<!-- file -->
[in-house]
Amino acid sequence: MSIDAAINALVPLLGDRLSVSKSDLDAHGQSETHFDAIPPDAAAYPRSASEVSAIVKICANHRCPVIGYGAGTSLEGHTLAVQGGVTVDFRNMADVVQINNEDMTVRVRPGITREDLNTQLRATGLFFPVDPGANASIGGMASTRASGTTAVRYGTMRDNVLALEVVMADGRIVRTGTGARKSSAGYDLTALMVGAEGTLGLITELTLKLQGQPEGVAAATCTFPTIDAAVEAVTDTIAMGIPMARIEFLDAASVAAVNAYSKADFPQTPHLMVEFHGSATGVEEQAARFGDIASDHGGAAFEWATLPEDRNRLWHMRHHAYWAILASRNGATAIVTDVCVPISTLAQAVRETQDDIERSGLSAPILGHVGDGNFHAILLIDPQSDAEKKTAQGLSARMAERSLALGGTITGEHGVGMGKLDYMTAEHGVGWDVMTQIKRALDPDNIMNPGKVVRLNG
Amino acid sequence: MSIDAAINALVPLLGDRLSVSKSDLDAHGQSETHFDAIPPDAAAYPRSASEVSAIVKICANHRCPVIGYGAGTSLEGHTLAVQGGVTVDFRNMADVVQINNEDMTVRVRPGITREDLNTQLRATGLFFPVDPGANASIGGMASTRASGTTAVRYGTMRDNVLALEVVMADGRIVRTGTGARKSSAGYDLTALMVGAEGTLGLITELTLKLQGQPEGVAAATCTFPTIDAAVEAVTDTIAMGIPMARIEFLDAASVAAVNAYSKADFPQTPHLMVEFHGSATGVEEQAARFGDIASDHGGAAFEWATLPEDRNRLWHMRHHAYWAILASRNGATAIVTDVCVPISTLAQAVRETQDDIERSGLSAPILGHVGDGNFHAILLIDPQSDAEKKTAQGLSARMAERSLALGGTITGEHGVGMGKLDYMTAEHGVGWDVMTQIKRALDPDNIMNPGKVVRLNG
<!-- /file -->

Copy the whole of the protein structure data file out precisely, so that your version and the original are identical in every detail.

[in-house]
Amino acid sequence: MSIDAAINALVPLLGDRLSVSKSDLDAHGQSETHFDAIPPDAAAYPRSASEVSAIVKICANHRCPVIGYGAGTSLEGHTLAVQGGVTVDFRNMADVVQINNEDMTVRVRPGITREDLNTQLRATGLFFPVDPGANASIGGMASTRASGTTAVRYGTMRDNVLALEVVMADGRIVRTGTGARKSSAGYDLTALMVGAEGTLGLITELTLKLQGQPEGVAAATCTFPTIDAAVEAVTDTIAMGIPMARIEFLDAASVAAVNAYSKADFPQTPHLMVEFHGSATGVEEQAARFGDIASDHGGAAFEWATLPEDRNRLWHMRHHAYWAILASRNGATAIVTDVCVPISTLAQAVRETQDDIERSGLSAPILGHVGDGNFHAILLIDPQSDAEKKTAQGLSARMAERSLALGGTITGEHGVGMGKLDYMTAEHGVGWDVMTQIKRALDPDNIMNPGKVVRLNG
Amino acid sequence: MSIDAAINALVPLLGDRLSVSKSDLDAHGQSETHFDAIPPDAAAYPRSASEVSAIVKICANHRCPVIGYGAGTSLEGHTLAVQGGVTVDFRNMADVVQINNEDMTVRVRPGITREDLNTQLRATGLFFPVDPGANASIGGMASTRASGTTAVRYGTMRDNVLALEVVMADGRIVRTGTGARKSSAGYDLTALMVGAEGTLGLITELTLKLQGQPEGVAAATCTFPTIDAAVEAVTDTIAMGIPMARIEFLDAASVAAVNAYSKADFPQTPHLMVEFHGSATGVEEQAARFGDIASDHGGAAFEWATLPEDRNRLWHMRHHAYWAILASRNGATAIVTDVCVPISTLAQAVRETQDDIERSGLSAPILGHVGDGNFHAILLIDPQSDAEKKTAQGLSARMAERSLALGGTITGEHGVGMGKLDYMTAEHGVGWDVMTQIKRALDPDNIMNPGKVVRLNG